Enabling Remote Work While Supporting the Front Line of the COVID-19 Response: 5 Things Health System IT Leaders Need to Know
- March 30, 2020
Imagine you’re a healthcare information management coding specialist. For the past seven years, you sat in the same cubicle, analyzing critical electronic health records information for hundreds of patients a day. Today, to help control the spread of COVID-19, you’ve been handed a laptop and a four-page list of instructions for setting up a secure workstation at home. Bewildering? Sure. Now multiply that times 20,000, and you’ll have an idea of what health system CIOs are grappling with.
Having a remote work policy as part of a pandemic response plan is one thing. Putting that plan into action is something else entirely. As many non-essential staff begins teleworking — often for the first time – hospitals and health systems are scrambling to adjust, while demand for clinical IT and application support is at an all-time high. The herculean effort to provision the necessary hardware and software, provide training and ongoing support, ensure compliance with privacy regulations, and keep at-home workers productive will tax even the most prepared IT team.
Put on your own oxygen mask first, then help others
Over the past couple of weeks, NTT DATA Services’ healthcare service desk teams have been working tirelessly to support hospitals in the US and Canada as they navigate the seismic technical and cultural shift of standing up large-scale remote work initiatives.
To ensure business continuity for our healthcare clients and protect the health and safety of our teams, we evaluated operations at NTT DATA’s four support centers across the US. We quickly enabled a majority of our 200+ healthcare service desk agents to work from home. This project gave us a chance to evaluate our own processes and refine best practices. In less than three days, our entire operation was up and running remotely, all the while supporting clients and gearing up to provide extended services to healthcare organizations.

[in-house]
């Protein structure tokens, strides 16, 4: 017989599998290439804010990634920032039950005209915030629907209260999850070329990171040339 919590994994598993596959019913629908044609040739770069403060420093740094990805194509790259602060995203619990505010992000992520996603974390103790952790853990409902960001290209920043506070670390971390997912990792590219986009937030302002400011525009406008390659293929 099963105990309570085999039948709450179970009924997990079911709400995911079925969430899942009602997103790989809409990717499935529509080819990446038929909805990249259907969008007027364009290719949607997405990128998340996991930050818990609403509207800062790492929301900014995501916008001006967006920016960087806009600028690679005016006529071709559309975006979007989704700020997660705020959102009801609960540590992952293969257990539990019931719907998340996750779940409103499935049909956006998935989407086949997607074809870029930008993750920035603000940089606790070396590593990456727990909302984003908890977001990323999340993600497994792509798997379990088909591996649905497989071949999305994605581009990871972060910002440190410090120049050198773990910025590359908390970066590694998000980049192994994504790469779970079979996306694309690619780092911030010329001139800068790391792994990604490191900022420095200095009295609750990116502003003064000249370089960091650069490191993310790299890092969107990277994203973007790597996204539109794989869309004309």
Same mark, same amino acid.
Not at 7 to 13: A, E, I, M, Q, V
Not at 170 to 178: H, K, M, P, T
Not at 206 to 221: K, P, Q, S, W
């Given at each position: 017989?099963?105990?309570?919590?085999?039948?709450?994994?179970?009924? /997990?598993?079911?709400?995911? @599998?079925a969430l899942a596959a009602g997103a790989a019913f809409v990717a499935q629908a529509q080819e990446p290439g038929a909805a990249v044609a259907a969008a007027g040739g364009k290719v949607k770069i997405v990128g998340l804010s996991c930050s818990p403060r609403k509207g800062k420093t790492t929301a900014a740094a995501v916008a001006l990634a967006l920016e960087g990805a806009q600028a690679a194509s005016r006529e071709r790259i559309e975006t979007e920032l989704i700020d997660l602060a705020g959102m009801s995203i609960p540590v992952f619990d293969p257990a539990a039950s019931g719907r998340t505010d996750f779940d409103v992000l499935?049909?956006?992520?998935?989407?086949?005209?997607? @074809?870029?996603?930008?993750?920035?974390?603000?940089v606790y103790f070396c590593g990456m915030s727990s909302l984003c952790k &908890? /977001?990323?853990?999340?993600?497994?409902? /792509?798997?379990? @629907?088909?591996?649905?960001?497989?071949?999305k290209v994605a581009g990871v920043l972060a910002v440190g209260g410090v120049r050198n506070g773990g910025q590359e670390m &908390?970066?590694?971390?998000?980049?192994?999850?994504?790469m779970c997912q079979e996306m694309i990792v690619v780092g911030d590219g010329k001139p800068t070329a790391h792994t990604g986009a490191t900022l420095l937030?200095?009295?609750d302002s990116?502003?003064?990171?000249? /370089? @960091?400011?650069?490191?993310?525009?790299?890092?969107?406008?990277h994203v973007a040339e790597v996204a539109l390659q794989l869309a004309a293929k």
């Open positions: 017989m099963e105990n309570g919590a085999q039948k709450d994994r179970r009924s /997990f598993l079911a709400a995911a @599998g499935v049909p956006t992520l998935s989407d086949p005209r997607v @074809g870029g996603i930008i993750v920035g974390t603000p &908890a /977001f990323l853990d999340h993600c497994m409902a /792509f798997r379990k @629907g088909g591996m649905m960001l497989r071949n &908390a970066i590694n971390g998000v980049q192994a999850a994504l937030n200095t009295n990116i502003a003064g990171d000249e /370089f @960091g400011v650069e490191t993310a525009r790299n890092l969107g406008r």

For example, in addition to providing dedicated clinical support staff, we are standing up a team of 13 technical field service agents to focus solely on remote work migration for a large health system in the hard-hit New York City area. This team is currently helping more than 10,000 employees from one of the city’s largest academic medical centers to move from the office to a productive and secure at-home work environment. Service desk agents will continue to provide ongoing training and support for these at-home employees, which frees up hospital IT staff to focus on mission-critical applications like data analytics, EHR support, and telehealth services.
We’re all navigating new territory, but we’re applying valuable lessons learned from years of experience supporting healthcare clients. In addition to the remote work tips shared by the NTT DATA Services security team, here are some considerations for healthcare providers to keep in mind as they implement new remote work initiatives.
Determine your strategy
Don’t try to migrate everyone at once. Expect that productivity may lag during the transition and plan around it. Consider a phased-in approach and prioritize groups of employees according to job function, organizational needs, or work environment. If your IT organization has managed integrations as part of mergers and acquisitions, you already have a blueprint you can follow. At NTT DATA Services, we use lessons learned from our own acquisition to help other organizations navigate change and drive growth.